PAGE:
Confident the politics of environmental protection have strengthened since voters in 2013 soundly overturned a 10-cent fee for single-use plastic bags, Durango city councilors Monday agreed to revisit the issue.
Councilors directed staff members to come up with three options in an effort to reduce the use of single-use plastic bags in Durango:
Draft language for an ordinance that would reduce the use of single-use plastic bags through a fee of between 5 cents and 20 cents per bag or perhaps an outright ban on the bags.Draft language for a measure that would also create an ordinance to minimize the use of single-use plastic bags that the council itself would seek to put on the ballot for voter approval in the municipal election in April 2021.Draft language for a measure that would also create an ordinance to minimize the use of single-use plastic bags that the residents in support of it would work to get on the April 2021 ballot.Deciding which route to follow in a second effort to reduce plastic bag use in Durango would likely become clearer during an April 7 work session.
But already support on the council is apparent for taking another whack at reducing plastic bag use.
“If we put it to a vote, I think the public would receive it positively,” Councilor Dean Brookie said. “If the naysayers are still out there, let them come out (for the election). Let’s figure out the details of the wording and put it on the ballot next April,” he said.
Mayor Melissa Youssef said she was ready to go straight toward adoption of an ordinance that would not require a yearlong wait before action could be taken.
“Telluride took action in 2011. We’re so far behind. Think of all the bags that have been used since then,” she said.
City Council is re-examining the issue after scores of residents descended on City Hall in November 2019 to submit a petition signed by more than 1,200 residents asking the council to pass an ordinance to ban single-use plastic bags. Dozens of residents cheered and waved reusable grocery bags at the November meeting urging councilors to take action.
In 2013, after the City Council voted to put a 10-cent fee on each plastic bag used in stores of 25,000-square-feet or more. Residents challenged the ordinance in a special election. The ordinance was overturned with 56% voting to kill it and only 44% offering support for it.
Youssef said staff should look not only at wording that would reduce the use of single-use plastic bags but would also require a high percentage of recycled paper be used in any paper bags that might replace them.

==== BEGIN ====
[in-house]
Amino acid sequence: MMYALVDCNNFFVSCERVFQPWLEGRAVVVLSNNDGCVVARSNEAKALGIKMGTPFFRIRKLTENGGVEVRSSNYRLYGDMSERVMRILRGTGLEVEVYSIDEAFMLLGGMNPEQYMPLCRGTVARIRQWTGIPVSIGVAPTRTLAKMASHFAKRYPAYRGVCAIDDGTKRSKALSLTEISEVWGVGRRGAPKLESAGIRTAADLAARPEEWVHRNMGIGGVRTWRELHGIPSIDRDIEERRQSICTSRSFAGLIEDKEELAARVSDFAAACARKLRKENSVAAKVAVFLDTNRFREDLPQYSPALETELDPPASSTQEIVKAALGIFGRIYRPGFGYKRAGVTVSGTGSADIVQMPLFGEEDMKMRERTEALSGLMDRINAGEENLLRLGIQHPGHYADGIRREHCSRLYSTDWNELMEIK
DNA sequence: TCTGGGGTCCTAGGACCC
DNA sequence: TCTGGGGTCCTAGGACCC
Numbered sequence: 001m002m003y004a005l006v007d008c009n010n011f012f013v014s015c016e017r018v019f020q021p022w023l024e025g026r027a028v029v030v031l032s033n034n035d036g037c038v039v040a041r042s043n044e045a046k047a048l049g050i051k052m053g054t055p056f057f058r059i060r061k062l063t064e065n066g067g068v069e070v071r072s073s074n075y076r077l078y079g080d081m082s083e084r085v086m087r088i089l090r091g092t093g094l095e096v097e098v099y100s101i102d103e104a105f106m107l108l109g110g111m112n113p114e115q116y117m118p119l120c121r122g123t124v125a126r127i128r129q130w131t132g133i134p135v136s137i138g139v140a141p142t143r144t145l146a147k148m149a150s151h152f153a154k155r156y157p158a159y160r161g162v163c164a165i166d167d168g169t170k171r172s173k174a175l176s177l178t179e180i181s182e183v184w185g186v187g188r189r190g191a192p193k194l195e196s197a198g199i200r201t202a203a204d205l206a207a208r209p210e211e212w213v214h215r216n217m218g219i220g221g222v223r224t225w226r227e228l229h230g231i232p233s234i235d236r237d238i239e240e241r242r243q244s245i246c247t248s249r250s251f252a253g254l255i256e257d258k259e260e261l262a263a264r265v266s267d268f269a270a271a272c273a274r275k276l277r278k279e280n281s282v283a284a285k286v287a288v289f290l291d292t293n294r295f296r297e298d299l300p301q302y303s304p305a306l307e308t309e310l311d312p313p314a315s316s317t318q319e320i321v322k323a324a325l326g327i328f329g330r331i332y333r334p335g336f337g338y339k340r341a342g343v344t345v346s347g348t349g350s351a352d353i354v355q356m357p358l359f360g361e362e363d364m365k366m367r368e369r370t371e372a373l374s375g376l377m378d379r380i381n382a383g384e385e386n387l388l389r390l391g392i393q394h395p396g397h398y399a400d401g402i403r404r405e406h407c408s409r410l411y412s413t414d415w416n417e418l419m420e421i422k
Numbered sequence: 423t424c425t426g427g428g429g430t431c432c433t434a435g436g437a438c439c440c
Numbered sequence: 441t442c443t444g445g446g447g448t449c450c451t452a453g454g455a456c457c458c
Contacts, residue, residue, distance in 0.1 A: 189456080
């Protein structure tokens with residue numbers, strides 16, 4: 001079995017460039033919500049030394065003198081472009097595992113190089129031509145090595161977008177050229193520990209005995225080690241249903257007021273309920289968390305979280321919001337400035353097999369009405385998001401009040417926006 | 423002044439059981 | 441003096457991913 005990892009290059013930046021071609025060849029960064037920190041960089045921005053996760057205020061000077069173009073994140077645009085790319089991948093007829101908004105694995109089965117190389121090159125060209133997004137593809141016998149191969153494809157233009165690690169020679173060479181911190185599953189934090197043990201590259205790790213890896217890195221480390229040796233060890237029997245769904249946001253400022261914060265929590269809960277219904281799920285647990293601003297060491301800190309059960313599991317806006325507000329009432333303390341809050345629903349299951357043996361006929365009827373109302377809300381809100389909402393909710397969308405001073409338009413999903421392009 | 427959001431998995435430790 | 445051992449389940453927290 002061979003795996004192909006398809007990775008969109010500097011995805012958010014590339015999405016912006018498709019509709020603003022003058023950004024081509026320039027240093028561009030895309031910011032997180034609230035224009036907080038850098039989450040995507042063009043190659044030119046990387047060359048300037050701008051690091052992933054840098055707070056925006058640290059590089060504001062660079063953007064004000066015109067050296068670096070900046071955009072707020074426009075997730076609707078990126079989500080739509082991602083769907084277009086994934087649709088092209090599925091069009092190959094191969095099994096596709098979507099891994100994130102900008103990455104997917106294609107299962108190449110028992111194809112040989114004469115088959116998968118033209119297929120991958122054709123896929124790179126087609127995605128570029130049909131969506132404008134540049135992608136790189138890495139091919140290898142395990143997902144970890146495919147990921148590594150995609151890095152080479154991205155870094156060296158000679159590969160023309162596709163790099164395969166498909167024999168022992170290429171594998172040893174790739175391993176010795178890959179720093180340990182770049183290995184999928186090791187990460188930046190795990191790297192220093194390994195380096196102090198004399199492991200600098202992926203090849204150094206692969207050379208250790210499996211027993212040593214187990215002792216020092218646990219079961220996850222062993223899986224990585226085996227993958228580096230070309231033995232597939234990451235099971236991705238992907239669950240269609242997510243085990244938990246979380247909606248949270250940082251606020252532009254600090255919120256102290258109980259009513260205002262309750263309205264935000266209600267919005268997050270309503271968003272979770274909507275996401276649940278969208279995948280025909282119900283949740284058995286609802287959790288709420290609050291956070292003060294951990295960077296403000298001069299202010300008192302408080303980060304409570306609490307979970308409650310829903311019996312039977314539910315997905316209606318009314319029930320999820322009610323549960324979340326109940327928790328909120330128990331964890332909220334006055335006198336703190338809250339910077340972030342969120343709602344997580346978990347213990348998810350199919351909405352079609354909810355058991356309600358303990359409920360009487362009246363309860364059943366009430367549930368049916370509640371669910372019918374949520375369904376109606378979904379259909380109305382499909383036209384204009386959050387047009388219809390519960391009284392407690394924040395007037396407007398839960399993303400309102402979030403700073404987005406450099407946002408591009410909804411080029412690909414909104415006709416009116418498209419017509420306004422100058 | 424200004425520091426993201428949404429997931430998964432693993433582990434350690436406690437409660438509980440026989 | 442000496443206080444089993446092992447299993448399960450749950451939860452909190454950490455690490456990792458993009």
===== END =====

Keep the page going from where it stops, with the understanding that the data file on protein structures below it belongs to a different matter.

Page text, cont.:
She also suggested the city hold community sessions to gauge the public’s pulse on the right path to follow in discouraging, perhaps even banning, single-use plastic bags.
Councilor Barbara Noseworthy suggested any money collected in fees from plastic bags be dedicated to support nonprofit environmental groups. That, she said, would eliminate the perception that the city would be benefiting financially from any fee imposed on the use of plastic bags.
Using revenue collected from a plastic-bag fee was a proposition Brookie liked.
“This is not meant to be a money-grabbing effort by the city,” he said.
Brookie said if councilors could find the proper wording for an ordinance, he would not put that option “off the table.”
Councilor Chris Bettin also offered support for pursing an ordinance: “Personally, if we get clarity on an ordinance, I would consider adopting it. Enough has changed that it would be accepted.”
Among the changes that have occurred since 2013, said Councilor Kim Baxter, is a state Supreme Court ruling that said a fee imposed on single-use plastic bags in Aspen is not considered a tax, thus freeing it from a requirement that voters approve it under Colorado’s Taxpayer’s Bill of Rights.
If councilors choose to go to voters for adoption of an ordinance to reduce single-use plastic bags, Kathleen Adams with Durango Beyond Plastic vowed her group would work to support the measure.
“There will be a huge effort to get out the vote if there is a referendum,” she told councilors.